For example, in Jordan v. Foust Oil Co., Inc., gas was transported from the defendant Foust Oil Company’s plant in Mebane to plaintiff’s convenience store-gas station-restaurant and pumped from the truck into the UST’s (underground storage tanks). The gas from the store’s UST then entered the groundwater drawn into plaintiff’s wells. The plaintiffs then noticed their well-water had a foul smell and taste so the state toxicologist tested the water and determined the water was contaminated. The evaluation revealed that there were high levels of Benzene, a human carcinogen, in the water samples. In fact, the Benzene levels were 62 times the EPA’s maximum contaminant level (MCL). Because Foust Oil Company had statutory “control over” the oil, pursuant to N.C.G.S. §143-215.77(5), the Court determined there were genuine issues of material fact as to strict liability for damages caused by the entry of the gasoline into the plaintiff’s soil and water.
More generally, in cases dealing with dumping toxic substances, a party may be guilty if it is found beyond a reasonable doubt that (1) the defendant deposited, placed, dumped, discharged, burned, or disposed of a substance in the atmosphere, water, or land; (2) the substance was a toxic substance or radiative material; (3) the deposit, placement, dumping, discharge, burning, or disposal was not conducted pursuant to federal or state law, regulation, or permit; and (4) the defendant acted knowingly.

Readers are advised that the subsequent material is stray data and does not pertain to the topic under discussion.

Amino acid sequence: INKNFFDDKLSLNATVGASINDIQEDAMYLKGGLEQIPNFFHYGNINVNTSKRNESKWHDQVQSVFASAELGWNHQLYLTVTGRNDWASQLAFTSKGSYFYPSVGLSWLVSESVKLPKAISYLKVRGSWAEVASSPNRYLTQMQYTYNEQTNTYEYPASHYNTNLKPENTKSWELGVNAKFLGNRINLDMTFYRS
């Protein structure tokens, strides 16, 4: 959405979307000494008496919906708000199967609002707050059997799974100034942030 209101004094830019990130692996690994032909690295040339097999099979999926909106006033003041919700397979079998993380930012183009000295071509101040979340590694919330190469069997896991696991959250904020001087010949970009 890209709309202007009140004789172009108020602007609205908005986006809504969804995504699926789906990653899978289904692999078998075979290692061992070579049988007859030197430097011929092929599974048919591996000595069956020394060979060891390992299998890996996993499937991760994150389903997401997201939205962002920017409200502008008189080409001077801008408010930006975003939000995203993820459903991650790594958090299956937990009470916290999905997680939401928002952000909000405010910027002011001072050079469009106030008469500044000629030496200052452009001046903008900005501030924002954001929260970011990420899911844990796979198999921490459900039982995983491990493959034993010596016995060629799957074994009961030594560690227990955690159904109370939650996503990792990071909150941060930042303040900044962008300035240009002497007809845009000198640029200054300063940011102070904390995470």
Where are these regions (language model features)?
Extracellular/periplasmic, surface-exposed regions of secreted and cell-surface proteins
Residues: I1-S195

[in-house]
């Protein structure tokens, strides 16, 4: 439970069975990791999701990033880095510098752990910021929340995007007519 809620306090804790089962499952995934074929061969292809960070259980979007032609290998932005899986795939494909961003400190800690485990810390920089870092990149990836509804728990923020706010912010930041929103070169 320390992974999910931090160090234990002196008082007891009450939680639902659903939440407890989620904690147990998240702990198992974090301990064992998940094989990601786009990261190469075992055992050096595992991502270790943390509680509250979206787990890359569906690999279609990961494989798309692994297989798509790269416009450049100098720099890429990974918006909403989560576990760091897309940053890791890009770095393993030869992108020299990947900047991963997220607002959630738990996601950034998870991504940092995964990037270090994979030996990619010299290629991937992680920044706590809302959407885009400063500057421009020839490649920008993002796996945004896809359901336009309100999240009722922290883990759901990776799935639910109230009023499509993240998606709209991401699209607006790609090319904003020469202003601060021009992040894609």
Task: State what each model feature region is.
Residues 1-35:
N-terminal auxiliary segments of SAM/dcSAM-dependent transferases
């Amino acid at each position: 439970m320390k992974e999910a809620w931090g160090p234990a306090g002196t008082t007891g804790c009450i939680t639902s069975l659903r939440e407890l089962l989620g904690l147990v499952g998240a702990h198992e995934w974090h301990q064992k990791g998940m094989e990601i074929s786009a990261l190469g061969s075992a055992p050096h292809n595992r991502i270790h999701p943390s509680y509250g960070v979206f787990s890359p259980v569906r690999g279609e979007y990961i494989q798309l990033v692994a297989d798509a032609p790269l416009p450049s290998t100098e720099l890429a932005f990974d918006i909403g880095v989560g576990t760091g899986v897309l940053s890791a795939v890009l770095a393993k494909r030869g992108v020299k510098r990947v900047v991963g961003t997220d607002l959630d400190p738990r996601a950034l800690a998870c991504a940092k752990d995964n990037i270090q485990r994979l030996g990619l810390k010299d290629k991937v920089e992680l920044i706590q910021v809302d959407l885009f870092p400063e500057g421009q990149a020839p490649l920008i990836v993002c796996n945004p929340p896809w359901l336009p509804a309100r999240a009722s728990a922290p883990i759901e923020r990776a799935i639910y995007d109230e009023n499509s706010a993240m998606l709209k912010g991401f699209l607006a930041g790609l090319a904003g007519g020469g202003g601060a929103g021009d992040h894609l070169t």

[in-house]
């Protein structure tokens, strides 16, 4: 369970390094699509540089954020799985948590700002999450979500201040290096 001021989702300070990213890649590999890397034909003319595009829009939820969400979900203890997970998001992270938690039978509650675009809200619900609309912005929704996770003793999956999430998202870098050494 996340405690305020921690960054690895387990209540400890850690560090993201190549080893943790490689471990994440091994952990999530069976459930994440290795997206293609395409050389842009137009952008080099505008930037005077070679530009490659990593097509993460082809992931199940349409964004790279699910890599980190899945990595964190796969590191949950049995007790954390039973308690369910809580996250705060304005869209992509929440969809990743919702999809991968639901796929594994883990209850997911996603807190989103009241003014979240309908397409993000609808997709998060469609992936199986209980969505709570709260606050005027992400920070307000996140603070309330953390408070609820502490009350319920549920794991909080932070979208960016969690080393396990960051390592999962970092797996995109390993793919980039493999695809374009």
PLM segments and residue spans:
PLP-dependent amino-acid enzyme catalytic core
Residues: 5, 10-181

Although exposure can cause some immediate effects, other times it can develop more gradually. More concerning, exposure can occur without an individual being aware that they even came in contact with a dangerous chemical. For instance, respiratory issues have a plethora of potential causes which makes it challenging to determine a causal link to a particular chemical exposure. It suffices to say, injuries related to exposure to toxic chemicals are not easily evident or traceable so determining fault can be difficult. It may be worth consulting an experienced attorney to help you recover for the injuries you suffered. At Rosensteel Fleishman, PLLC we understand the consequences individuals suffer as a result of chemical exposure and we are dedicated to getting you the compensation you deserve.
Please call as at (704) 714-1450 to speak with one of our personal injury attorneys. We will go over the best options for your case. There is no fee for the initial consultation.